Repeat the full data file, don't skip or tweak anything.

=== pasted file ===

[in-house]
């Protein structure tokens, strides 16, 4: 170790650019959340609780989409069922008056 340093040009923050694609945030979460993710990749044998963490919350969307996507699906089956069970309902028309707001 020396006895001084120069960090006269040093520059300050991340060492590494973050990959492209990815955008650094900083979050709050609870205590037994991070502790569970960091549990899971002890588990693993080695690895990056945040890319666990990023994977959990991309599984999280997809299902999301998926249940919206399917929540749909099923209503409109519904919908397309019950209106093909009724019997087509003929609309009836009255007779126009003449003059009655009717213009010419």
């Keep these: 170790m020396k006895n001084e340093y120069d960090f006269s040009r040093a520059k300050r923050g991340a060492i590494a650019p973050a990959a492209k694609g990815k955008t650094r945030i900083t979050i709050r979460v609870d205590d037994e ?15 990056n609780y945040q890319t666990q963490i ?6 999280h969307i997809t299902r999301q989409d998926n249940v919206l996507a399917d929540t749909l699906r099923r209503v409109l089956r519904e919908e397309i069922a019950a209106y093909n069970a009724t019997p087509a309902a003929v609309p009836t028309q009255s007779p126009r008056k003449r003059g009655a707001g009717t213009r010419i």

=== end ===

[in-house]
């Protein structure tokens, strides 16, 4: 170790650019959340609780989409069922008056 340093040009923050694609945030979460993710990749044998963490919350969307996507699906089956069970309902028309707001 020396006895001084120069960090006269040093520059300050991340060492590494973050990959492209990815955008650094900083979050709050609870205590037994991070502790569970960091549990899971002890588990693993080695690895990056945040890319666990990023994977959990991309599984999280997809299902999301998926249940919206399917929540749909099923209503409109519904919908397309019950209106093909009724019997087509003929609309009836009255007779126009003449003059009655009717213009010419």
């Keep these: 170790m020396k006895n001084e340093y120069d960090f006269s040009r040093a520059k300050r923050g991340a060492i590494a650019p973050a990959a492209k694609g990815k955008t650094r945030i900083t979050i709050r979460v609870d205590d037994e ?15 990056n609780y945040q890319t666990q963490i ?6 999280h969307i997809t299902r999301q989409d998926n249940v919206l996507a399917d929540t749909l699906r099923r209503v409109l089956r519904e919908e397309i069922a019950a209106y093909n069970a009724t019997p087509a309902a003929v609309p009836t028309q009255s007779p126009r008056k003449r003059g009655a707001g009717t213009r010419i």